Since we are going to use this same virtual machine for everything (DC, database, SharePoint, etc.) we need to setup a domain controller before going any further. This could be done through the GUI, but again, PowerShell provides the ability to add the features and configure the domain forest in just a couple of lines of code.

  1. Launch Windows PowerShell as Administrator
  2. At the prompt type install-WindowsFeature AD-Domain-Services -IncludeManagementTools
    1. This will add the required features to promote this computer to a domain controller
    2. Adding -IncludeManagementTools will provide a GUI to manage computers and users so you don’t have to use the command line to do everything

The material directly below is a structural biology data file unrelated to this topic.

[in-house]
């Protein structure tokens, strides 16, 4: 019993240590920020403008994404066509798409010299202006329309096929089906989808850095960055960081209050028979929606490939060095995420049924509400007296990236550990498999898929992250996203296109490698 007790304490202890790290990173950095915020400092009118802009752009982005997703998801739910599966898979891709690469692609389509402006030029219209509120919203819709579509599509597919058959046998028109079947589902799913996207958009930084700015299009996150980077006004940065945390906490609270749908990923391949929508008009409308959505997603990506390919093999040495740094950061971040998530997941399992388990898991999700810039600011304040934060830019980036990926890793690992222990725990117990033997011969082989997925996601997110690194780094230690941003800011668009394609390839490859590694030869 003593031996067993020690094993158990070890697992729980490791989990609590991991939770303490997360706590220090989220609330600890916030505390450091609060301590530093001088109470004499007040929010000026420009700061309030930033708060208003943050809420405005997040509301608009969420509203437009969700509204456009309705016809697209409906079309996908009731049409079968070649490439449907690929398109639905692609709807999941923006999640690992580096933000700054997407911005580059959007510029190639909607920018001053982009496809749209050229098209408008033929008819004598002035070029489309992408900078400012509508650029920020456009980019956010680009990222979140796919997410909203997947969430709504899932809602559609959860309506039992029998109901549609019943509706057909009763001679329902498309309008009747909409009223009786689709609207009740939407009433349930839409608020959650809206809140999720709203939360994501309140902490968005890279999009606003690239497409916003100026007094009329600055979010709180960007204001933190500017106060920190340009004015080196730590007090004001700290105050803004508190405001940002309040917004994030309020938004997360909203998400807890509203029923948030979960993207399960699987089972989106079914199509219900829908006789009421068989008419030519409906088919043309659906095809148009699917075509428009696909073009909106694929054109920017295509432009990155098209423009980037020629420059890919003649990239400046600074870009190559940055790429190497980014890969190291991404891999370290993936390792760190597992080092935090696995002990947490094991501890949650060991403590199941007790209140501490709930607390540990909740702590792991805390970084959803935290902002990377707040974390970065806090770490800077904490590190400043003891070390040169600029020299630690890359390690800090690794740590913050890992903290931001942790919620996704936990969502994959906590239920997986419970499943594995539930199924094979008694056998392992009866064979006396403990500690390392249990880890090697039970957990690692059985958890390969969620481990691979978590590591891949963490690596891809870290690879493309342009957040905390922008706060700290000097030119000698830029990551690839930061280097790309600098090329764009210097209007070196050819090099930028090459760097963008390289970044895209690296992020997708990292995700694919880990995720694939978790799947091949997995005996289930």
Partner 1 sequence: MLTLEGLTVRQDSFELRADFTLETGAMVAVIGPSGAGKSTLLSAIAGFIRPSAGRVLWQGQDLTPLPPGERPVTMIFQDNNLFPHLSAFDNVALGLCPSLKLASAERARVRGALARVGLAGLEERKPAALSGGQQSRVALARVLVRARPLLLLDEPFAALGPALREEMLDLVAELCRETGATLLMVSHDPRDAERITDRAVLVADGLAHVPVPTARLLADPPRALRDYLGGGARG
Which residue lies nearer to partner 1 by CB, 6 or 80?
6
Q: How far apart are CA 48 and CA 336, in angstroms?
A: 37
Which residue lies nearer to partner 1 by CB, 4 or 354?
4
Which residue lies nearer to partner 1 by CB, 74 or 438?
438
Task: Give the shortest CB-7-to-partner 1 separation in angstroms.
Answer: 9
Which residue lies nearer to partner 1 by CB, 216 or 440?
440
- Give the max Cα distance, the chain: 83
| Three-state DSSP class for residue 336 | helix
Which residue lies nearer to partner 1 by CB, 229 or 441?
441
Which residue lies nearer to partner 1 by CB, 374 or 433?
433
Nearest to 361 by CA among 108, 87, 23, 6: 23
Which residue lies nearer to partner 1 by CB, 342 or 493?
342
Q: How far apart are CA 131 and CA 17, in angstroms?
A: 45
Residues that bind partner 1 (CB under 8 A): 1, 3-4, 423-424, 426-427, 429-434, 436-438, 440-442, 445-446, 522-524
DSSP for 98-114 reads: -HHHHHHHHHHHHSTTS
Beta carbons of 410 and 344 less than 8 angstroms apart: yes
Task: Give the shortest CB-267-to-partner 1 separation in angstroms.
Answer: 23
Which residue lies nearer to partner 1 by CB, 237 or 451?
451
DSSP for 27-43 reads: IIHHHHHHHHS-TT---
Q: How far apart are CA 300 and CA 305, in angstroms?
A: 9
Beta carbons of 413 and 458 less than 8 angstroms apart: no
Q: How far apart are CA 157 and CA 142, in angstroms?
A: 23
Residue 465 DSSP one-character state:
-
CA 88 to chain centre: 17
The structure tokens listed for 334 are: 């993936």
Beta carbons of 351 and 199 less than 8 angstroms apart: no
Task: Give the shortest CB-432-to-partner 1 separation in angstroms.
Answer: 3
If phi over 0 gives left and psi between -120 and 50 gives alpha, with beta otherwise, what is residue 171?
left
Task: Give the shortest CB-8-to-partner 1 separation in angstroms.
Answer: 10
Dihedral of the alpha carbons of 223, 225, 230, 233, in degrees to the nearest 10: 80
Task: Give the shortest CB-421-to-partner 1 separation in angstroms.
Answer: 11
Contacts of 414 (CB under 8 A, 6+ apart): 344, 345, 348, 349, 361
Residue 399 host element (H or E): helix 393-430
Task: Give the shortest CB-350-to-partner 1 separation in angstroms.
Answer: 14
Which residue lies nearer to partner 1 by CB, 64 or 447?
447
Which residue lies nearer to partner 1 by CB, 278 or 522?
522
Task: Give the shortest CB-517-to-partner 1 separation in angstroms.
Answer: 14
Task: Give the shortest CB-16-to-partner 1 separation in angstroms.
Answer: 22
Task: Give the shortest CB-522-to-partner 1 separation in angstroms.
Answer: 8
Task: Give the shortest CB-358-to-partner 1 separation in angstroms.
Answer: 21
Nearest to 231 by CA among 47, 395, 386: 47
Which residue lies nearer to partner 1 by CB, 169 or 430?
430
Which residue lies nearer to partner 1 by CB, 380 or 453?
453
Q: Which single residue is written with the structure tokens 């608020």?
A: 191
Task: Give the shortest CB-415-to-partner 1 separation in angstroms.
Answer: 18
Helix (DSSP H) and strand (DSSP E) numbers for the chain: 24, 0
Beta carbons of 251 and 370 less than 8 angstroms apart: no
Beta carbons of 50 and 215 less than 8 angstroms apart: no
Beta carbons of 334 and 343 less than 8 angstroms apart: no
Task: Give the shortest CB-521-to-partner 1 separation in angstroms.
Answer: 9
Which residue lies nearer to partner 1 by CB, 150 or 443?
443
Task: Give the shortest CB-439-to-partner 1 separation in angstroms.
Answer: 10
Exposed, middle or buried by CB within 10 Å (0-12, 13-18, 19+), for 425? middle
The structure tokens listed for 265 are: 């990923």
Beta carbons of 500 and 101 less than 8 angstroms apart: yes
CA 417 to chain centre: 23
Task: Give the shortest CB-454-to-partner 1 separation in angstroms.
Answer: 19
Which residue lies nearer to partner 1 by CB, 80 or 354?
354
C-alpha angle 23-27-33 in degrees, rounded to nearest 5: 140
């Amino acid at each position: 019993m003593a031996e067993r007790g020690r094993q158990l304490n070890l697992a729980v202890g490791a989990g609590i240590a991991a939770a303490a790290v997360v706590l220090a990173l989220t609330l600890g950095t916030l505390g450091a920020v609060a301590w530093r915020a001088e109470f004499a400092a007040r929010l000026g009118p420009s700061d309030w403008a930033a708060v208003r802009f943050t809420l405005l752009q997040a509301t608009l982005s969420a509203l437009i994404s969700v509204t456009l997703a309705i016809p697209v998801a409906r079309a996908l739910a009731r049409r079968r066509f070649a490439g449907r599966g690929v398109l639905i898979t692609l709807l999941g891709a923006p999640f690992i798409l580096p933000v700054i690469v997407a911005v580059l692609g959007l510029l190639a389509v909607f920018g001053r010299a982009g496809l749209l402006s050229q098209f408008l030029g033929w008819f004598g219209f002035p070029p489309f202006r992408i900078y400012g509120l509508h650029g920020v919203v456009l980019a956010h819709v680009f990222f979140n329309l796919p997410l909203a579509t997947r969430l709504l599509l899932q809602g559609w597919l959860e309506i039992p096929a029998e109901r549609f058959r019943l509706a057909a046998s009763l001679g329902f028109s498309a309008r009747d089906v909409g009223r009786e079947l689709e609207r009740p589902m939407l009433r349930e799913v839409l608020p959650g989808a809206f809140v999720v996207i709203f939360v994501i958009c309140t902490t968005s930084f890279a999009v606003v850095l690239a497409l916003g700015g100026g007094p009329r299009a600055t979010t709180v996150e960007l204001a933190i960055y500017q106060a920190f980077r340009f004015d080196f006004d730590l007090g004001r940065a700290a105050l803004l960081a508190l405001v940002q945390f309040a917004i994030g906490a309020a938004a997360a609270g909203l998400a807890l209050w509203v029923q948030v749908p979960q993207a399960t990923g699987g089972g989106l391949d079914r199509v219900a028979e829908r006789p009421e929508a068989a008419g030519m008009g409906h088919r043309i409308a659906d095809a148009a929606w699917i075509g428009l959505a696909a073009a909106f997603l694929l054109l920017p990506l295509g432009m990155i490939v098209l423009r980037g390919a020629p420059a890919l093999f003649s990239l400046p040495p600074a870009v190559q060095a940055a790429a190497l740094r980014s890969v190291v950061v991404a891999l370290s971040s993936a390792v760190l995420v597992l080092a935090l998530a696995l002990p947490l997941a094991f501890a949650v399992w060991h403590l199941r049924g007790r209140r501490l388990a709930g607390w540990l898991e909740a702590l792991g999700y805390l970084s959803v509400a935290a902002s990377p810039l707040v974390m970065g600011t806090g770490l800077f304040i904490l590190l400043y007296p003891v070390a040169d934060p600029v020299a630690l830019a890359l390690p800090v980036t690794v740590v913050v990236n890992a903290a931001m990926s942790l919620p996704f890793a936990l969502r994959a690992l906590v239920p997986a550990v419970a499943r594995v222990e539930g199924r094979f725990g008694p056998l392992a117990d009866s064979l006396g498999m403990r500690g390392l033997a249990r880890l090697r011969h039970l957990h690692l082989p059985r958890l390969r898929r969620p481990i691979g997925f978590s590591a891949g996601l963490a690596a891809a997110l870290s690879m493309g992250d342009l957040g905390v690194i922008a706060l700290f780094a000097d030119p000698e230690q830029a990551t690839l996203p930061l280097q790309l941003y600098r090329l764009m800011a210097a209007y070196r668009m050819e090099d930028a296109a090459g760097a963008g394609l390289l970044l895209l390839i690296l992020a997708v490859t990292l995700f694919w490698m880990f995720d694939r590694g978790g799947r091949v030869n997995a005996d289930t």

DemoEnvironment_Part1_3
Once the features have been added to the computer your screen should look like the following screenshot indicating a successful addition and no restart is required. You will also notice a note telling you that Windows Updates should be enabled if they aren’t already. I tend to ignore that suggestion on my demo environments partially because my demo computers usually don’t have internet access.
DemoEnvironment_Part1_4
Step 3: Configure the Domain Forest
Once the appropriate features have been added to your virtual machine it is time to set up the domain controller. Normally this would be done by running dcpromo.exe but as we have done thus far, I am going to turn to PowerShell. If you have ever performed these tasks using the GUI you will realize how much faster the PowerShell option is.

  1. Launch Windows PowerShell as Administrator